A: I’m always looking for new poets for Press 53. Journals—paper or online—and submissions and recommendations from trusted sources. I will probably read 300 submissions each year, maybe more. We received more than 100 during our open submissions last year (we ask for a 10-poem sample), from which I selected two. I also solicit samples or full manuscripts from poets I read in journals or who have been recommended. In addition to selecting poets from Press 53’s home base in the Carolinas, I make a concerted effort to build Press 53’s poetry catalog across the U.S. I’ve selected poets from Portland, OR; the San Francisco Bay Area; Los Angeles;, Houston; Louisiana; Atlanta.

In my reading of submissions for Press 53, I reject a lot of poetry because it contains no figurations. It’s prose with line breaks, and it fails to elevate from prose. That’s an important lesson for all poets to understand. Poetry is essentially figurative language. Metaphor, synecdoche, metonymy, irony, synesthesia, imagery, intensity of senses are the keys to authentic poetry. So to answer your questions, submissions that use figurations stand out. Submissions without figurations—rejection.

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Q: How does editing poetry affect your own writing?

 A: I’ve been editing for a long, long time: newspapers, magazines, Internet. My career has been editing. Many of my professional skills transfer over to poetry editing, though the forms obviously are different. I feel like I was born to edit. My tombstone will read: I edit, therefore I am.

The most important thing I’ve learned as an editor that has transferred to my own writing is that I must write for an audience. A reader. What I write must be understood by someone else. Poetry is a form of communication. That is so fundamental that you would think it’s obvious. But I see too many manuscripts in which the poetry is written for the poet himself or herself, the reader ignored. Only the best poets and writers do it well, some of them may just do it naturally, a gift from the gods. Another important editorial skill: I fully understand and embrace the revision process. I write in order to revise. Good writing is the result of good revisions. Some poems of mine are published in their hundredth  draft. To me, revisions are fun. I love to revise. Love it, love it, love it. The writing opens itself up to me as I revise. Being an editor, I’ve spent my life revising the work of others, so I truly enjoy revising my own work.

Q: What are you working on now?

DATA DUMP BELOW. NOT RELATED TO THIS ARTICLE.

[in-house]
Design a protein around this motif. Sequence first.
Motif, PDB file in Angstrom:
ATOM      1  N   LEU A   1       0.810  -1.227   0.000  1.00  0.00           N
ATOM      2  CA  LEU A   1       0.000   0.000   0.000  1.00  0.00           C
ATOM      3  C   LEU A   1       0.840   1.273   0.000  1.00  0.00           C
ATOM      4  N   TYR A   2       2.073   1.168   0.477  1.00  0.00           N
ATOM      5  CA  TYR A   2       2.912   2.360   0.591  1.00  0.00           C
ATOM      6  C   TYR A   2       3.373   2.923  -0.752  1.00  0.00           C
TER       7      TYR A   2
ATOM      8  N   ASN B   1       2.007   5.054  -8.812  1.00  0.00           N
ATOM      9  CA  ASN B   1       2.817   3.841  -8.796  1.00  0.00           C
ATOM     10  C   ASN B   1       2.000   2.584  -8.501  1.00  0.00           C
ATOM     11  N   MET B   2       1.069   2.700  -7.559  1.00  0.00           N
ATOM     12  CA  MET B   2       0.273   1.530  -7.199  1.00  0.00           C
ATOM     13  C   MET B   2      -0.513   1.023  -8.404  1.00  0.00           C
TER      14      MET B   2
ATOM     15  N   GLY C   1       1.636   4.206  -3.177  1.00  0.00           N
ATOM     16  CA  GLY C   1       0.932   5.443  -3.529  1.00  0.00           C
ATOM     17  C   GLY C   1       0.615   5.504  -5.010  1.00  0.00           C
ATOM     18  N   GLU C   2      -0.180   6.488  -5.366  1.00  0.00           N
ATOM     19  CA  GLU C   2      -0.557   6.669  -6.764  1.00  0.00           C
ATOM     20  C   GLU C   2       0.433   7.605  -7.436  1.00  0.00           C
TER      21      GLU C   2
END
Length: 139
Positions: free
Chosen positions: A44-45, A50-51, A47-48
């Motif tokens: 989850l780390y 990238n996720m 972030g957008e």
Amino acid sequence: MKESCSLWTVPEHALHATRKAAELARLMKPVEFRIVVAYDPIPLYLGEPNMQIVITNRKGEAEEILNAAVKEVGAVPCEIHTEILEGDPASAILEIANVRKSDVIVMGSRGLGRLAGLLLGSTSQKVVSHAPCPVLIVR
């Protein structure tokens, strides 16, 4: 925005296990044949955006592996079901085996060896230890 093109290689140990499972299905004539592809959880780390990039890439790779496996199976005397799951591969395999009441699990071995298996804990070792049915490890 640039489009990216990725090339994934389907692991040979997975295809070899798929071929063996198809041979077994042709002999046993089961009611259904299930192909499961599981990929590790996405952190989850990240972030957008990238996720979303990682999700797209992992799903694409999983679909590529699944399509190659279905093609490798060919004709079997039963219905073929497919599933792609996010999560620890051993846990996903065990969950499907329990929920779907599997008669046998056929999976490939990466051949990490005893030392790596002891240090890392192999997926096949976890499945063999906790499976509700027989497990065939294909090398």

A: I’m working on a novel. I’m about half finished. Soon, I’ll query agents and publishers.

I’m also producing frequent items for the Poetry of Recovery blog, which is an offshoot of an anthology I edited in 2007. After Shocks: The Poetry of Recovery for Life-Shattering Events comprised 152 poems by 115 poets from 15 nations. The poets wrote of recovery from grief, war, exile, divorce, abuse, bigotry, illness, injury, addiction. The Poetry of Recovery blog presents poems from the anthology along with an interview with the poet. I also feature new collections or readings by the After Shocks poets.

I’m putting the finishing touches on a chapbook due out next year from Kattywompus Press (Ohio) entitled The Name of This Game. It’s based on my experience playing football for eight years in high school and college, during which I experienced a number of concussions. The poems capture the violence of the sport and the damage it may cause to a young brain. The concussions fuzzed up mine through my early twenties, and I drifted a bit. My brain clarified in my mid-twenties, and I found direction to my life. Now, I’m waiting for dementia to kick in. The title of this short collection is from a quote from one of my coaches: “The name of this game is to hurt someone.” Indeed, coaches actually speak in luscious metaphor and simile. “Charge to this spot like a dog on a porkchop.” “Cover this guy like a cheap suit, like dirty shirt.” That coach got me a college scholarship as well as some great lines of poetry, so I can’t complain too much about football, though the injuries concern me enough that I encouraged my son’s early interest in tennis. He’s quite athletic, but he ain’t goin’ anywhere near a football.

I’ve also spent a lot of time lately arranging readings and workshops to promote What Bends Us Blue. The book’s Facebook page will list the specific details, places, and times of my readings. But note that I’ll be reading this fall in Atlanta on Sept. 11 and Sept. 12; in Charleston, SC, on Oct. 14; in Asheville, NC, on Nov. 3; and in Cary, NC, on Nov. 17. I’ll also be reading at the Press 53 offices at the Community Arts Café in Winston-Salem, NC, as soon as I can arrange that. I also have a radio interview scheduled for Oct. 28, 9 p.m. Eastern, on RN.FM. You can listen here:


Keep an eye on Tom’s book’s Facebook page for more details and future events. 


Mini Q&A with events manager Susan McBeth

By Midge Raymond,

This is an excerpt of Susan McBeth’s Q&A in Everyday Book Marketing, in which she talks about how authors can connect with readers through nontraditional book events, and how authors can plan the perfect event to promote their books. For more book promo information, and to read Susan’s complete Q&A, check out Everyday Book Marketing.